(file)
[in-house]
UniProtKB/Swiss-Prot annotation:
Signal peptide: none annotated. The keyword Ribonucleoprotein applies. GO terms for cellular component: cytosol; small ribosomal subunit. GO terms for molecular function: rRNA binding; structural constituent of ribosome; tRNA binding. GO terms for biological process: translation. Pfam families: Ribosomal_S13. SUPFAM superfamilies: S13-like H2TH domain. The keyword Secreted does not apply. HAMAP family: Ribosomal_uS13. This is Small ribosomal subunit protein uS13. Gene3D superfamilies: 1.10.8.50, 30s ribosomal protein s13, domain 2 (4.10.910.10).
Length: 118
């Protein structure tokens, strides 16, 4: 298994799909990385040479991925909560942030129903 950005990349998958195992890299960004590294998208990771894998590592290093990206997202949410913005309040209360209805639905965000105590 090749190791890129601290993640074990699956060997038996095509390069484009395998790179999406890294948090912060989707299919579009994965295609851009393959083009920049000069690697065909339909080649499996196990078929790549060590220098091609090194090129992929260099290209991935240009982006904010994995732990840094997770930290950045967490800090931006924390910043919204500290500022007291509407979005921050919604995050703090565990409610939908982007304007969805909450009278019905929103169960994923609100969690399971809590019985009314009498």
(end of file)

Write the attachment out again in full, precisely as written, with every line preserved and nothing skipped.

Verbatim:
[in-house]
UniProtKB/Swiss-Prot annotation:
Signal peptide: none annotated. The keyword Ribonucleoprotein applies. GO terms for cellular component: cytosol; small ribosomal subunit. GO terms for molecular function: rRNA binding; structural constituent of ribosome; tRNA binding. GO terms for biological process: translation. Pfam families: Ribosomal_S13. SUPFAM superfamilies: S13-like H2TH domain. The keyword Secreted does not apply. HAMAP family: Ribosomal_uS13. This is Small ribosomal subunit protein uS13. Gene3D superfamilies: 1.10.8.50, 30s ribosomal protein s13, domain 2 (4.10.910.10).
Length: 118
């Protein structure tokens, strides 16, 4: 298994799909990385040479991925909560942030129903 950005990349998958195992890299960004590294998208990771894998590592290093990206997202949410913005309040209360209805639905965000105590 090749190791890129601290993640074990699956060997038996095509390069484009395998790179999406890294948090912060989707299919579009994965295609851009393959083009920049000069690697065909339909080649499996196990078929790549060590220098091609090194090129992929260099290209991935240009982006904010994995732990840094997770930290950045967490800090931006924390910043919204500290500022007291509407979005921050919604995050703090565990409610939908982007304007969805909450009278019905929103169960994923609100969690399971809590019985009314009498």